LINGUIST List 13.2069

Mon Aug 12 2002

Review: Morphology: Maylor B. Roger (2002)

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  1. Pius ten Hacken, Morphology: Maylor B. Roger (2002) Lexical Template Morphology

Message 1: Morphology: Maylor B. Roger (2002) Lexical Template Morphology

Date: Fri, 09 Aug 2002 12:48:46 +0000
From: Pius ten Hacken <>
Subject: Morphology: Maylor B. Roger (2002) Lexical Template Morphology

Maylor, B. Roger (2002) Lexical Template Morphology: Change of State
and the Verbal Prefixes in German 
John Benjamins Publishing Company, x+273 pp., hardback ISBN
9027230617 EUR 95.00 / ISBN 1588111830 USD 86.00, Studies in Language
Companion Series 58.

Book Announcement on Linguist: 

Pius ten Hacken, Universitat Basel

As suggested by its title and subtitle, this book has a double
focus. On the theoretical side, a new system called template
morphology is presented, based on the notions of Figure and Ground as
developed by Talmy (1978). This mechanism is meant as an extension of
a syntactic framework along the lines of the Principles & Parameters
model. From the descriptive point of view, the book presents a study
of inseparable prefixes such as "be" in "beschreiben" ('describe') in
German and related languages (Dutch, Swedish, Old English). The
general argument is that lexical template morphology offers a
convincing account of these prefixes.


The book consists of an introduction, seven chapters, and a brief
postscript. It is based on the author's 1998 Ph.D. thesis (University
of Durham).

The introduction (7 pages) briefly presents the phenomenon of verbal
prefixation in German, delimiting it from separable verbs, a
construction corresponding to phrasal verbs in English, which involves
particles rather than prefixes.

Chapter 1 (30 pages) gives an overview of a number of earlier
treatments of prefixed verbs in Germanic languages, briefly explaining
to what extent traditional descriptions and earlier accounts in
generative linguistics offer insights into the phenomenon.

Chapter 2 (46 pages) analyses the German prefix "be" and introduces
the basics of lexical template morphology. The prefix "be" alternates
with a specific class of prepositions, reminiscent of applicative
morphemes in languages such as Ainu and Chichewa. In order to account
for them, a new concept of "template" is introduced. Templates are at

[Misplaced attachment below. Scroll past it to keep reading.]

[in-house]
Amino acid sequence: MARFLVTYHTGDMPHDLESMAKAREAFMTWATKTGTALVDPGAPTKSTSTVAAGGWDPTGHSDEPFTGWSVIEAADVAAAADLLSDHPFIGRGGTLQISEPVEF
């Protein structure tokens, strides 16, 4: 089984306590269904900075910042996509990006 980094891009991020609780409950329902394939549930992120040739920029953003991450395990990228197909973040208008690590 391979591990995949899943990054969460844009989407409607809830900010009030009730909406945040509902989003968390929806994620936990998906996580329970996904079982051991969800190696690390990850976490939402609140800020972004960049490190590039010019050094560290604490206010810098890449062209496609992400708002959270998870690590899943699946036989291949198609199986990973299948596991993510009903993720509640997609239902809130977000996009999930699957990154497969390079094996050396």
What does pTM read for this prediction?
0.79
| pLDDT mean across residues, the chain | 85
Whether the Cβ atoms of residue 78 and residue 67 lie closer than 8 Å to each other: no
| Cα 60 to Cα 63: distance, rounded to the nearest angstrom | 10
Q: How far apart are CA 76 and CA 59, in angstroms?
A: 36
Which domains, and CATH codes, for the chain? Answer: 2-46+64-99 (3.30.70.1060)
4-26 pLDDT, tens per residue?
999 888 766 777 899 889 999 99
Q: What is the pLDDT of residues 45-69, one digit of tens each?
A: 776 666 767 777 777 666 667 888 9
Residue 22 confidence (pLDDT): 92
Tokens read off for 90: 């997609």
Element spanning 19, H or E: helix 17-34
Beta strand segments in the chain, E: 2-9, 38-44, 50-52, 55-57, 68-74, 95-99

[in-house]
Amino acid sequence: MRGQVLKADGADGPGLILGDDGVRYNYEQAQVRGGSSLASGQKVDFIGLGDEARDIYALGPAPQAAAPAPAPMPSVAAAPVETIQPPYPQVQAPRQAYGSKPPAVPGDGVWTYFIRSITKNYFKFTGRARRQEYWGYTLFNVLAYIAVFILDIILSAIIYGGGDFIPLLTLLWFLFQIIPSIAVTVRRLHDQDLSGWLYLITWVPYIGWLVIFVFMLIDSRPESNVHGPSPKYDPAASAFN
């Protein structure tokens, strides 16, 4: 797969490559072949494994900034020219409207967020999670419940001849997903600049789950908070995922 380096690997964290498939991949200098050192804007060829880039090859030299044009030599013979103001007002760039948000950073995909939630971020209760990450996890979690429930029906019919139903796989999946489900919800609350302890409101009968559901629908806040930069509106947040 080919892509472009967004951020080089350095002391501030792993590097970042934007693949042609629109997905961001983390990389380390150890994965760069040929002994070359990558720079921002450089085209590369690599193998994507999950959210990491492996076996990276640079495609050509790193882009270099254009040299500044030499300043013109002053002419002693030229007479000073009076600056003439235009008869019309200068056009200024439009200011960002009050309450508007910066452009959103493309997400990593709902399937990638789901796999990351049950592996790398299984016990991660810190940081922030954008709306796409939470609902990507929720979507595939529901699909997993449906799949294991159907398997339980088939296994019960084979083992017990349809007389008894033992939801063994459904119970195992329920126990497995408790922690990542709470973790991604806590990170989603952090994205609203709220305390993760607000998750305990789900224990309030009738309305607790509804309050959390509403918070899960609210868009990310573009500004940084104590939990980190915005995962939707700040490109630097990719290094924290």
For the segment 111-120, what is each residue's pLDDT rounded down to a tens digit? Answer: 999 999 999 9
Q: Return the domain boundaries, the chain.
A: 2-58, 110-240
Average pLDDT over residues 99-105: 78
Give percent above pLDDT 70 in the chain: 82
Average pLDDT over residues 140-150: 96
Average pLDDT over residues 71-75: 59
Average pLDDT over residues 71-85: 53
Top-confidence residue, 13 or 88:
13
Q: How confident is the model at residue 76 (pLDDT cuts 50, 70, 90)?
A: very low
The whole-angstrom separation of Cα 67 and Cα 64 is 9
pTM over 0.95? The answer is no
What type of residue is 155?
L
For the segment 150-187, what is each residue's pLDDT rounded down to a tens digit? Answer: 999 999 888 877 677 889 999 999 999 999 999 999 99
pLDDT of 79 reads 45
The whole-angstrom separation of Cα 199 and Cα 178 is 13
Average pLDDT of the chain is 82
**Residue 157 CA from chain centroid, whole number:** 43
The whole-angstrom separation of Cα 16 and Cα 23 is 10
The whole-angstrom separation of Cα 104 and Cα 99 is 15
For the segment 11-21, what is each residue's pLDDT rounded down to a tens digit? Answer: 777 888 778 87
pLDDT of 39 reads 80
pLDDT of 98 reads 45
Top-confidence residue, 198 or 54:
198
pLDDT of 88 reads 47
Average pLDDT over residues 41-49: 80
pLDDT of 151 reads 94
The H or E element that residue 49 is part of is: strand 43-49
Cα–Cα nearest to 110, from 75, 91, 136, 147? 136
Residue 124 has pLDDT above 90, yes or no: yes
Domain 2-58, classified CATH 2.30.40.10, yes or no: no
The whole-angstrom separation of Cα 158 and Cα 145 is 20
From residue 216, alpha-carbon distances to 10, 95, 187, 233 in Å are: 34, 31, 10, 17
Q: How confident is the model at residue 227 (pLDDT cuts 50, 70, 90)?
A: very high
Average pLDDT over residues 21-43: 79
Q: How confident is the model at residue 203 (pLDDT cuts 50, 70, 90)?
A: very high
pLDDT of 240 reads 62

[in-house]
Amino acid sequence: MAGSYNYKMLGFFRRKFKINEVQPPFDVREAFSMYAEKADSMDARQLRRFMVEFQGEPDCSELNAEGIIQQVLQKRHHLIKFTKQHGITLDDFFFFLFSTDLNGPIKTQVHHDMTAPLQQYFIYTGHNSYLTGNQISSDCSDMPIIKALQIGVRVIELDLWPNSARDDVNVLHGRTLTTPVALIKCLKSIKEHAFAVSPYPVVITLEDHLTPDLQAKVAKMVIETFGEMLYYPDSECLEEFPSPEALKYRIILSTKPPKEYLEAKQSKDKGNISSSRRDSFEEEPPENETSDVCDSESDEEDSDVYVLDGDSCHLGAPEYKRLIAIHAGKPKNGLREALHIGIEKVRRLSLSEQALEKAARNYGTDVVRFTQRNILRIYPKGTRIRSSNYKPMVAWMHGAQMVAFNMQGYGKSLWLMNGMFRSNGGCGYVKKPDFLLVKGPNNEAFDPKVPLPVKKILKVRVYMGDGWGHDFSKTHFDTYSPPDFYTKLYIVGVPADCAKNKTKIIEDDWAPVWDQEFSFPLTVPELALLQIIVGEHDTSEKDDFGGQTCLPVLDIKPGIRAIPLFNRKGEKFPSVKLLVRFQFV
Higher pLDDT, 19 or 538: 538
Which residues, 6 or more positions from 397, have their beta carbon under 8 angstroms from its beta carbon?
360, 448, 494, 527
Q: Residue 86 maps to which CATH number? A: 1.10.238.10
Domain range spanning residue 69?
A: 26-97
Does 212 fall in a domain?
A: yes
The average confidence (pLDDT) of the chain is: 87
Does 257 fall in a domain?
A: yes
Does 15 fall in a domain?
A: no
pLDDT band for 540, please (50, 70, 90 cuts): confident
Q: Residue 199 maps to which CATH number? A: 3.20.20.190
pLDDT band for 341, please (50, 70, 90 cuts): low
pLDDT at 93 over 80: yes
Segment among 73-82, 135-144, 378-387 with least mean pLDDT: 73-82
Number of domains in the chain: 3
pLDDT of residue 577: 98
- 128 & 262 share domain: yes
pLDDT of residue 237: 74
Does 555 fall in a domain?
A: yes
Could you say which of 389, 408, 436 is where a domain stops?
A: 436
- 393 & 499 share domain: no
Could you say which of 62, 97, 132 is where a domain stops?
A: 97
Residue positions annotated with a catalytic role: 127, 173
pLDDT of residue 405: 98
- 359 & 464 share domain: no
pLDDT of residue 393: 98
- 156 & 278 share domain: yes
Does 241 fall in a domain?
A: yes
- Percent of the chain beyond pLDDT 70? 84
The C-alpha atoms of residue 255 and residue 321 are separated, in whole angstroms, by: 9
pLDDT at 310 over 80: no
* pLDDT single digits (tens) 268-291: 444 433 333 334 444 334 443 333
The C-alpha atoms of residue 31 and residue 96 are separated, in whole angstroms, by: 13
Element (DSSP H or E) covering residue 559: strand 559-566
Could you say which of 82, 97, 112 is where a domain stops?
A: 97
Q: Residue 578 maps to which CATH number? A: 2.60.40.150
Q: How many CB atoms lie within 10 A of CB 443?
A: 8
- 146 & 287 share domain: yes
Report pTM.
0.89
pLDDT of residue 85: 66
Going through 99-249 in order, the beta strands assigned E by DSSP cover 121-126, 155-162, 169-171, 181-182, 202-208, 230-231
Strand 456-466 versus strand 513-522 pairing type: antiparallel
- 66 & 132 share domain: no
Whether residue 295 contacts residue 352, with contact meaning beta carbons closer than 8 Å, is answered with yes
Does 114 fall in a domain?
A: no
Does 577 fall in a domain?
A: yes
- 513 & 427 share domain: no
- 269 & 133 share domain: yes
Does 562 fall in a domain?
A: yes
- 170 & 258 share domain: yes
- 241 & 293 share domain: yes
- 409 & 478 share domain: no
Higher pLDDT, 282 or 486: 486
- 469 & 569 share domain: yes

a separate level between syntax and the lexicon, specifying the
relationship between Figure and Ground. They represent a kind of
reverse subcategorization, in which the arguments select a
predicate. The central notion is the SCS feature (SCS for State or
Change of State). In its initial form presented here, this feature has
three independent binary parameters: +/- location, +/- change of
state, and positive or negative specification of the Ground. The
prefix "be" and the corresponding prepositions can be characterized in
terms of two parameter settings. In a template, the SCS feature is
combined with Figure and Ground arguments, and, whe! re applicable,
verb slots and other arguments. The SCS feature can be realized by a
preposition or, after adjunction to the verb, as a prefix. Adjunction
to the verb makes the Ground argument into a direct object, which
requires the Figure to be either realized with a preposition or
incorporated into the verb. Incorporation is only possible with a
phonologically empty verb, e.g. "bereifen" ('put tyres on') from
"Reifen" ('tyre'). Compared to applicative morphemes in Ainu, German
"be" is more restricted in its distribution. This restriction can be
expressed in terms of the mechanisms developed so far.

Chapter 3 (35 pages) relates the SCS feature to the
Proto-Indo-European case system. Dative, instrumental, locative,
ablative, and genitive are Figure/Ground-related cases, each
associated with a different SCS value. This correlation, developed by
the comparison of Latin, Russian, and German case systems, is used in
explaining the behaviour of the German prefix "ent" and the case
assignment behaviour of adjectives.

In chapter 4 (52 pages), the descriptive mechanism is extended so as